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According to researchers at the MIT Sloan School of Management, the probability of FDA approval of an industry-sponsored drug entering Phase One of the clinical trial process is 13.8%(1) A major factor in a trial’s success or failure, notes Dr. Harsha Rajasimha, founder and CEO of Jeeva(TM) Informatics, is the trial sponsor’s ability to recruit and retain patients. Current statistics show that 85% of all clinical trials are delayed during patient recruitment, and 30% are terminated early due to failure to recruit enough patients. Those small proportion of trials that do enroll the required subjects experience 30% dropout rate on an average.(2) “This is bad news,” says Dr. Rajasimha, “not just for the sponsors of these trials and the participants, but for a world in serious need of new and better tools to fight disease.”
Improving the success rate of clinical trials, says Dr. Rajasimha, is an urgent matter on every level—recruitment, retention, testing, diversity and educating the patient, among others. The U.S. National Library of Medicine, he notes, currently lists 388,959 studies in progress, with locations in all 50 states and 219 countries.(3) While expenses vary from study to study, the estimated cost for bringing a clinical trial through all phases to FDA approval ranges from $44 million to more than $100 million.(4) However, according to Dr. Rajasimha, that number could actually reach into the billions of dollars.(5)
On the human and medical level, the loss incurred in a failed or canceled clinical trial can be significant. The U.S. Clinical Trial database, for example, has recently released a list of more than 50 clinical trials that were suspended or terminated during the year between April 1 of 2020 and March 30 of 2021. Among them were studies focusing on:
- new treatments for patients hospitalized with COVID-19 (14 different studies)
- cystic kidney disease
- chronic heart failure
- non-small cell lung cancer
- lupus erythematosus
- lymphoblastic leukemia
- severe pneumonia(6)
The primary cause of trial failure is the inability to demonstrate that a drug or treatment will actually have a positive effect on the condition for which it was developed. A common reason for this inability, explains Dr. Rajasimha, is that the clinical trial had a sample size too small to produce projectible statistics. A recent study of 114 trials in the UK, for example, showed that only 31% had met their enrollment goals.(7)
What is needed, says Dr. Rajasimha, is a new approach, both to study design and patient recruitment. Traditionally, trials have been designed to make it as easy as possible for sponsors to conduct the study. Biotechnology and pharmaceutical companies would communicate directly with the community of physicians involved in the study, who would in turn share information with the patients.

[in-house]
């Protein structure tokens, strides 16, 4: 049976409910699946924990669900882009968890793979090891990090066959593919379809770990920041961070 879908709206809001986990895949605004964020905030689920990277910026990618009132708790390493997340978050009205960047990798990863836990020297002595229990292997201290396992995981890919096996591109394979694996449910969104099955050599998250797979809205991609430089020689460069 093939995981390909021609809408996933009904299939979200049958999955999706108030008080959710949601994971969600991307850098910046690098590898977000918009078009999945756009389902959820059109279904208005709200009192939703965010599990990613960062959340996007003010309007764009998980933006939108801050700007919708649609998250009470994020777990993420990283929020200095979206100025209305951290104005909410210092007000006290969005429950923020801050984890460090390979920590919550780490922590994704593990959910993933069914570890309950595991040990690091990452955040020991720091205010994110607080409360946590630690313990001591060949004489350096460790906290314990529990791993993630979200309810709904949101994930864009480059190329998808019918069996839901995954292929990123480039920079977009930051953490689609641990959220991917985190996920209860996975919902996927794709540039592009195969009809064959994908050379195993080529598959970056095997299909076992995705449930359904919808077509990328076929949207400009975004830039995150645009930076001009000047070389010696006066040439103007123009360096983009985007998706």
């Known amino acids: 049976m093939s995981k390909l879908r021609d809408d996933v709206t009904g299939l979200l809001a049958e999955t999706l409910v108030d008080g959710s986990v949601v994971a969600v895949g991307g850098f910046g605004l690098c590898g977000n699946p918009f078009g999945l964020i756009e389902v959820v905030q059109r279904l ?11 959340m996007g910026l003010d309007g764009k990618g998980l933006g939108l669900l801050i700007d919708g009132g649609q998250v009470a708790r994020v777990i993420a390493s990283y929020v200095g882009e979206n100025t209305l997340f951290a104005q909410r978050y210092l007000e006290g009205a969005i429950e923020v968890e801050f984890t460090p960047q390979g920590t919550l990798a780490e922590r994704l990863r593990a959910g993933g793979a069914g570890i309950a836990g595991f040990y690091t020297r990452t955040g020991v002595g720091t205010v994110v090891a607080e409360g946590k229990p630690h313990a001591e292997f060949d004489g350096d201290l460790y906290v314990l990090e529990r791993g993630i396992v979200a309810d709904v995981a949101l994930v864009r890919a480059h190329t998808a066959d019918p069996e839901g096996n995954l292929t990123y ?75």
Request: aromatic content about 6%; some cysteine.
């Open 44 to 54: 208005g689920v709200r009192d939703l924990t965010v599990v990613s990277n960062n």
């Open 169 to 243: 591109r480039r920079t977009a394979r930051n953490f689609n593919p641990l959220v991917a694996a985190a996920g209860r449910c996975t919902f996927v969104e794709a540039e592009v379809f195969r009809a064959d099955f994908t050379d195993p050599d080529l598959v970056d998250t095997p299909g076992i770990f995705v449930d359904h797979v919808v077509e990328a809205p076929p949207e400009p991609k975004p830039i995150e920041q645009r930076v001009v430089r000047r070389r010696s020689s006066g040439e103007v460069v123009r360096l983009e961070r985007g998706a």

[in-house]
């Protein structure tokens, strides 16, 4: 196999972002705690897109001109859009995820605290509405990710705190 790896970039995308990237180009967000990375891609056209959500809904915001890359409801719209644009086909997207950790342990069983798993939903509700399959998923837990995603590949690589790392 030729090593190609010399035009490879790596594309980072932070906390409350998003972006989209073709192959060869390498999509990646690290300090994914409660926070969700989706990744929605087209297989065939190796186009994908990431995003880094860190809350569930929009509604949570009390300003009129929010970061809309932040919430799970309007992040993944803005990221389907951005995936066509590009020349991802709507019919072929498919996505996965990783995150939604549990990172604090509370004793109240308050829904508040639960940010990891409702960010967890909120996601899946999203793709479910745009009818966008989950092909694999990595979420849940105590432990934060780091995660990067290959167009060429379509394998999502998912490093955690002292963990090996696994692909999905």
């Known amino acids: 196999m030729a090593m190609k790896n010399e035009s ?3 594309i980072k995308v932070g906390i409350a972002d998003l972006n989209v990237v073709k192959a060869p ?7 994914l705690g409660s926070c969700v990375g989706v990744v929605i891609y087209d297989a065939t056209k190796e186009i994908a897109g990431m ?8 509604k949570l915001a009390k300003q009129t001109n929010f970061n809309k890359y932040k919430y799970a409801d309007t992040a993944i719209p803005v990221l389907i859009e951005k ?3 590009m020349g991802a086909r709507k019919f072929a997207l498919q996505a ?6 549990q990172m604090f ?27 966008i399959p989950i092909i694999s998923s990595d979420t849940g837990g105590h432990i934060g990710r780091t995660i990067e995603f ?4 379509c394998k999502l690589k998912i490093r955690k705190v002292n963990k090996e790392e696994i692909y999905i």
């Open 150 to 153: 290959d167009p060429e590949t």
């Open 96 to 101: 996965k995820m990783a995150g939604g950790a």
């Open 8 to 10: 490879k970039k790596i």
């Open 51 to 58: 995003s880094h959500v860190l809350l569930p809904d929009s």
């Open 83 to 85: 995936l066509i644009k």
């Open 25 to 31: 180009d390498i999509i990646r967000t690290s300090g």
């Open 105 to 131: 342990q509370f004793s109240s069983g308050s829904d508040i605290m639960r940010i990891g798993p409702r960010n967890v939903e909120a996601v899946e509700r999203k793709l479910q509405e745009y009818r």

The increasingly popular patient-centric approach turns this model on its head by placing the patient at the center of clinical trial communication. Decentralization of studies based on patient preferences when aligned with the ubiquity of the Internet, smartphones, personal computers, and integrated Software as a Service (SaaS) programs, makes it possible for research teams to communicate directly with the patient base. Another end result is recruiting participants up to three times faster than with a conventional approach, while at the same time lowering the dropout rate.
And minimizing the high dropout rate in certain therapeutic areas, he emphasizes, is essential. “Incomplete data is one of the worst things that can happen in a clinical trial,” he says. “Some data can be covered with a margin of error, but high dropout rates lead inevitably to incomplete data.” Sponsors and sites cannot over-recruit their way out of this problem.
The key to patient-centricity, Dr. Rajasimha notes, is the technological ability to communicate easily with anyone anywhere, on any internet-accessible device. “In developing software for this sector,” he says, “we seek to address patient recruitment, patient retention, and quality of evidence, while adhering to a multiplicity of national and international regulations and guidelines. We strongly believe that this work—as it stands now, and as it develops—will make life easier for all parties concerned and will make a meaningful contribution to the goals for which the clinical testing is intended.”
- Banks, Geoffrey. “Why Do Clinical Trials Fail?” PK / PD and Clinical Pharmacology Consultants, 13 Apr. 2020, nuventra.com/resources/blog/why-do-clinical-trials-fail/.
- “Decentralized Clinical Trials: Are We Ready to Make the Leap?” BioPharma Dive, 29 Jan. 2019, biopharmadive.com/spons/decentralized-clinical-trials-are-we-ready-to-make-the-leap/546591/.
- “Trends, Charts, and Maps.” gov, clinicaltrials.gov/ct2/resources/trends.
- “How Much Does a Clinical Trial Cost?” Sofpromed, 8 Mar. 2021, sofpromed.com/how-much-does-a-clinical-trial-cost/#:~
- Disruption Interruption podcast; Dr. Harsha Rajasimha—Disrupting Clinical Trials—Episode #4 ; disruptioninterruption.com/e/dr-harsha-rajasimha-disrupting-clinical-trials/
- “Search of: Withdrawn STUDIES: Interventional Studies: Adult: Phase 3: Industry: Start Date From 04/01/2020 To 03/30/3021 – List Results.” Home – ClinicalTrials.gov, clinicaltrials.gov/ct2/results?
- Fogel, David B. “Factors Associated with Clinical Trials That Fail and Opportunities for Improving the Likelihood of Success: A Review.” Contemporary Clinical Trials Communications, Elsevier, 7 Aug. 2018, ncbi.nlm.nih.gov/pmc/articles/PMC6092479/.
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